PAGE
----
The Liverpool Telescope is fitted with a number of sky cameras (or SkyCams) that can take wide field observations whilst the telescope is observing. At present, the SkyCam system consists of three cameras:
- SkyCam A - is an "all sky" camera on a fixed mount inside the telescope enclosure. It uses a fish-eye lens to provide near all-sky coverage of stars visible to the naked eye. In addition to providing a fascinating view of the night sky, this camera is useful for checking for the presence of clouds.
- SkyCam T - is a "medium field" camera that is fixed to the telescope and points in the same direction. The camera provides a 21° field-of-view and can detect sources down to about 12th magnitude. The larger field of view is useful for seeing the region around the target being observed, and can be used to spot asteroids, satellites and even shooting stars.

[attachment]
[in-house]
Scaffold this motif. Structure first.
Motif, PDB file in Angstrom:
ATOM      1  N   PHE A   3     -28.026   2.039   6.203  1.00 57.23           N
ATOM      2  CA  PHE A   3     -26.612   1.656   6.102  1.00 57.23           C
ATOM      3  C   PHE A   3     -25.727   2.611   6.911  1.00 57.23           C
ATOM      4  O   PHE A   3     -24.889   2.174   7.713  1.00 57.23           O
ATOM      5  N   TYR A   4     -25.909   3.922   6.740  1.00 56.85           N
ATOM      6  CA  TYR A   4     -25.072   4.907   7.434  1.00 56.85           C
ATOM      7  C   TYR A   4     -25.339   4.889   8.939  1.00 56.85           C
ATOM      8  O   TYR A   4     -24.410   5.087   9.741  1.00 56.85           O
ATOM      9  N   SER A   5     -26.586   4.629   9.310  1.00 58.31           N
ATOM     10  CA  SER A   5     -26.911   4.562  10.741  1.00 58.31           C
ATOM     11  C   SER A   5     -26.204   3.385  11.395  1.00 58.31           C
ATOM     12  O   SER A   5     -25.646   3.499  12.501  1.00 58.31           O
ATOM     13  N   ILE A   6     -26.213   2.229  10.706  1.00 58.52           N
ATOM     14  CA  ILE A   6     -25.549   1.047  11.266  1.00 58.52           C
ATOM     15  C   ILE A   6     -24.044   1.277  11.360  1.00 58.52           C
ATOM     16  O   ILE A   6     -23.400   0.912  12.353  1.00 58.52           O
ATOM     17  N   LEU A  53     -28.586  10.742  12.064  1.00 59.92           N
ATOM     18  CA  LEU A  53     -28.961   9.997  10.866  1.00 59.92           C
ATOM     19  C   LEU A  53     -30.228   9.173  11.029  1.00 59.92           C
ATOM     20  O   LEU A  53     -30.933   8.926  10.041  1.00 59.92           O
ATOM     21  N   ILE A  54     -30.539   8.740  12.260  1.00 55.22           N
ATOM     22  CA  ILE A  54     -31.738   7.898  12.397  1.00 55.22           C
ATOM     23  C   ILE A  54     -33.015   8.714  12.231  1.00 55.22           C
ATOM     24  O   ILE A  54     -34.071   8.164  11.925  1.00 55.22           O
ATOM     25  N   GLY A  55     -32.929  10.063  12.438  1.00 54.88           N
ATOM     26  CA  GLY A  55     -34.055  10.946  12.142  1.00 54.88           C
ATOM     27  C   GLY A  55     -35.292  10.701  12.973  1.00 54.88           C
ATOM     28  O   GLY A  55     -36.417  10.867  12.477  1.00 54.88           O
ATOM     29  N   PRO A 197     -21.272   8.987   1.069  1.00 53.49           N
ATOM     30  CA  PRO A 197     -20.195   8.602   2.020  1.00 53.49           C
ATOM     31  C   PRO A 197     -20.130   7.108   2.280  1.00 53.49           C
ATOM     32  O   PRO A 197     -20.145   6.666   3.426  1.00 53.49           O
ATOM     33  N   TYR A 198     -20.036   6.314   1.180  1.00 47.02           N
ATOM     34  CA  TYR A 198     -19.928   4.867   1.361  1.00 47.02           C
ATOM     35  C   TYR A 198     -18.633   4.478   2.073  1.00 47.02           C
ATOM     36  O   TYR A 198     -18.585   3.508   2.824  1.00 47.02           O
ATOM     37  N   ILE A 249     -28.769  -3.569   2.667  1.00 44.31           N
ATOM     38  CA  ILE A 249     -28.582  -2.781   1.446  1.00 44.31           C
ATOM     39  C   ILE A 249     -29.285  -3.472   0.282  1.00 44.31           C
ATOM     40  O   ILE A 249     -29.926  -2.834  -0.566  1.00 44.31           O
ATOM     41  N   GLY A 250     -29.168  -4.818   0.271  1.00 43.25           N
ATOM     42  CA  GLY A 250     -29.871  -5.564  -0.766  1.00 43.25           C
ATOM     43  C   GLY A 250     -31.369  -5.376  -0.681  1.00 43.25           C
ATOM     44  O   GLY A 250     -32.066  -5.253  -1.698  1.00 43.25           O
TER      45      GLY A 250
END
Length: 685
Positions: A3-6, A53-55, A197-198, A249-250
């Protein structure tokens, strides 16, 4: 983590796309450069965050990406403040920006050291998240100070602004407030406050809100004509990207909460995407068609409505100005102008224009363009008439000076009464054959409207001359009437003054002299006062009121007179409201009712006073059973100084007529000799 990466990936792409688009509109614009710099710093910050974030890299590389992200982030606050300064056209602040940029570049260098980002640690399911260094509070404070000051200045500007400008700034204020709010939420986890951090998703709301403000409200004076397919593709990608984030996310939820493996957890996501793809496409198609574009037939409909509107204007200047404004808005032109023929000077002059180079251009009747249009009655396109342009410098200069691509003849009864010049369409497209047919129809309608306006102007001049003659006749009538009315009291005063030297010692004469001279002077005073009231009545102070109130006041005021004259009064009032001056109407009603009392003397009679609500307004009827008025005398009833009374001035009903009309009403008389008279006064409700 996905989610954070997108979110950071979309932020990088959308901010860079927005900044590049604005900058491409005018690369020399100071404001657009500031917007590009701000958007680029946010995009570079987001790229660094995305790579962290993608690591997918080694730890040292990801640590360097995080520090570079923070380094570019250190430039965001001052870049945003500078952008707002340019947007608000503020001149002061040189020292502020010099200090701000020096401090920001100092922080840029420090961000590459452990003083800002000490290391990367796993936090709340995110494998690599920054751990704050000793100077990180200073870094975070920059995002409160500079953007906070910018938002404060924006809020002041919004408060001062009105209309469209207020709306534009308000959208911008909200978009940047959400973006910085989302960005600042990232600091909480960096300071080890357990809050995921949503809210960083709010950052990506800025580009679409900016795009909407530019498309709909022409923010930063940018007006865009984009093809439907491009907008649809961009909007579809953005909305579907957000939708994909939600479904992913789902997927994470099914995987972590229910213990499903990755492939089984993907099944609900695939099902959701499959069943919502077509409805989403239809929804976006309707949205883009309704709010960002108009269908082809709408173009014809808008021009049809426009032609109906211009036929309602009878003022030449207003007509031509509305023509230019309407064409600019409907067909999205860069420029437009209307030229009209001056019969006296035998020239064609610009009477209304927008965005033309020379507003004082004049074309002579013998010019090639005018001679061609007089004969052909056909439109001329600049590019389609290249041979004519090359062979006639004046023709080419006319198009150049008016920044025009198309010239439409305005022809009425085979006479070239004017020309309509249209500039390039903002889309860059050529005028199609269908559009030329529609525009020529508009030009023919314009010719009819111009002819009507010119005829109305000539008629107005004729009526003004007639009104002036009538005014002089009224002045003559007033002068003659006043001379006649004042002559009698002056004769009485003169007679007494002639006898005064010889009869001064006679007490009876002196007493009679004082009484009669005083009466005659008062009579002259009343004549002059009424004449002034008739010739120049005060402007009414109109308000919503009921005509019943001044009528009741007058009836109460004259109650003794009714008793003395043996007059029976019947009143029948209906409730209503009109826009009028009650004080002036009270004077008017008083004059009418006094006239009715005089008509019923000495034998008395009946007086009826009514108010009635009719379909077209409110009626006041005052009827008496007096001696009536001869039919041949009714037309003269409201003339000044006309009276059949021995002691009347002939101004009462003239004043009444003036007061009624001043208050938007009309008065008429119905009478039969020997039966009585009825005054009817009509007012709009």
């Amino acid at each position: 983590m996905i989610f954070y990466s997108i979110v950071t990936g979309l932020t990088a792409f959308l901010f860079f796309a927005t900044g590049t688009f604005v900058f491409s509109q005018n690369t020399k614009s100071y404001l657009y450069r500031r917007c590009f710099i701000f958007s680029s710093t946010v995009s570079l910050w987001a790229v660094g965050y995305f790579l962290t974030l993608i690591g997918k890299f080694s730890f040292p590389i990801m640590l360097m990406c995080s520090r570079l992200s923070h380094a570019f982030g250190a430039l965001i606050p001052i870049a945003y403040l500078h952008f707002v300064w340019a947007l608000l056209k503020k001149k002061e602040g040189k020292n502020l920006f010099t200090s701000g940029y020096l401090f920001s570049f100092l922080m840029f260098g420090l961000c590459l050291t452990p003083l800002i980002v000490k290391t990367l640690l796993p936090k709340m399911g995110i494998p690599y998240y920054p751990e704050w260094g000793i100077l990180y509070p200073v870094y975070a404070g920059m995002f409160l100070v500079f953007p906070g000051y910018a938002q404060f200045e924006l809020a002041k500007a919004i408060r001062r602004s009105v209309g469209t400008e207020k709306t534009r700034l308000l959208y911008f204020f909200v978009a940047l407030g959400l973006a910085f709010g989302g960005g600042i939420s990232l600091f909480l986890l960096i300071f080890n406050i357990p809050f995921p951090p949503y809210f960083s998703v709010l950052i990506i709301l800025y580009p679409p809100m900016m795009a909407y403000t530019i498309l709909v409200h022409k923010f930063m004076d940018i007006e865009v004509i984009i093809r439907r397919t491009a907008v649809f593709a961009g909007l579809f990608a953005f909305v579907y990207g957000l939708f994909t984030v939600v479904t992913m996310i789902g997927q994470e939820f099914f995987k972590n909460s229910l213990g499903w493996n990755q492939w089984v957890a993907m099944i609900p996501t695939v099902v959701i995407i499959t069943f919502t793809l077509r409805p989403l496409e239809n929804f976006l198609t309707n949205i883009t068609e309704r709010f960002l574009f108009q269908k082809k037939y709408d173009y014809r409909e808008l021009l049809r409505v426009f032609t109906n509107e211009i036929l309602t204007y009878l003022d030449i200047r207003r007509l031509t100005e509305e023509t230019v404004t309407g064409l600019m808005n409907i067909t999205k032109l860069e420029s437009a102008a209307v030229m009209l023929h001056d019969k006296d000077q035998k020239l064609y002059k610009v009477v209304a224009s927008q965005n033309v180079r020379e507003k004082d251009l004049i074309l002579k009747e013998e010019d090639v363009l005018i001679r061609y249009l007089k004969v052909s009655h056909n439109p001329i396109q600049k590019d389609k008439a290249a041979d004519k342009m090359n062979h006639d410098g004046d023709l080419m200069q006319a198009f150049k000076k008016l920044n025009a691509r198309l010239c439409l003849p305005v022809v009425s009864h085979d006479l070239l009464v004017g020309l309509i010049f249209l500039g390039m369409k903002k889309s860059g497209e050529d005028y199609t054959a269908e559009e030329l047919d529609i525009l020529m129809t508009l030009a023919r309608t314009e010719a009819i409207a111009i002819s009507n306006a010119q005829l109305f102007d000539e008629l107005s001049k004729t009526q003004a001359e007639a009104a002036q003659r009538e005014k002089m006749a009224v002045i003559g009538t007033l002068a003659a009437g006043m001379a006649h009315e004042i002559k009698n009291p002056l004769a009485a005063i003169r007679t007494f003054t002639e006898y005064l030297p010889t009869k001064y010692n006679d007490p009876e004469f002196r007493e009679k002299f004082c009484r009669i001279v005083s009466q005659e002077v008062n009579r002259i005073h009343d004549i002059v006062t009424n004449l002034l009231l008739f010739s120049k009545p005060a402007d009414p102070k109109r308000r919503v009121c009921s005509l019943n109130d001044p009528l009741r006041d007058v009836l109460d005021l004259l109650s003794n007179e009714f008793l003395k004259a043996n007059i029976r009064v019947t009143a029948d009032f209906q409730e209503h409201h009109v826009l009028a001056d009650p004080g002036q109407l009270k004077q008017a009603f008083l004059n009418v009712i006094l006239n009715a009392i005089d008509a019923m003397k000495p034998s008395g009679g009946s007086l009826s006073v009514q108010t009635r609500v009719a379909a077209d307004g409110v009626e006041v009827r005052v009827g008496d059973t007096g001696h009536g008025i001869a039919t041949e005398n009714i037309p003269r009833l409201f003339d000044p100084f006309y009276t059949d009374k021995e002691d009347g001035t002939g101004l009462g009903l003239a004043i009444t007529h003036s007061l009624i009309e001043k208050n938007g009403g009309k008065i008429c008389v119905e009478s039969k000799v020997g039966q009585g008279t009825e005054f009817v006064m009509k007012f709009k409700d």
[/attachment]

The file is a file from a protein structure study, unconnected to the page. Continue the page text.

- SkyCam Z - is a "zoomed field" camera that is fixed to the telescope and points in the same direction. It captures a 1° area of sky in the immediate vicinity of the target being observed, and can detect objects down to about 18th magnitude. The data from this camera is not available until 18 months after it was taken.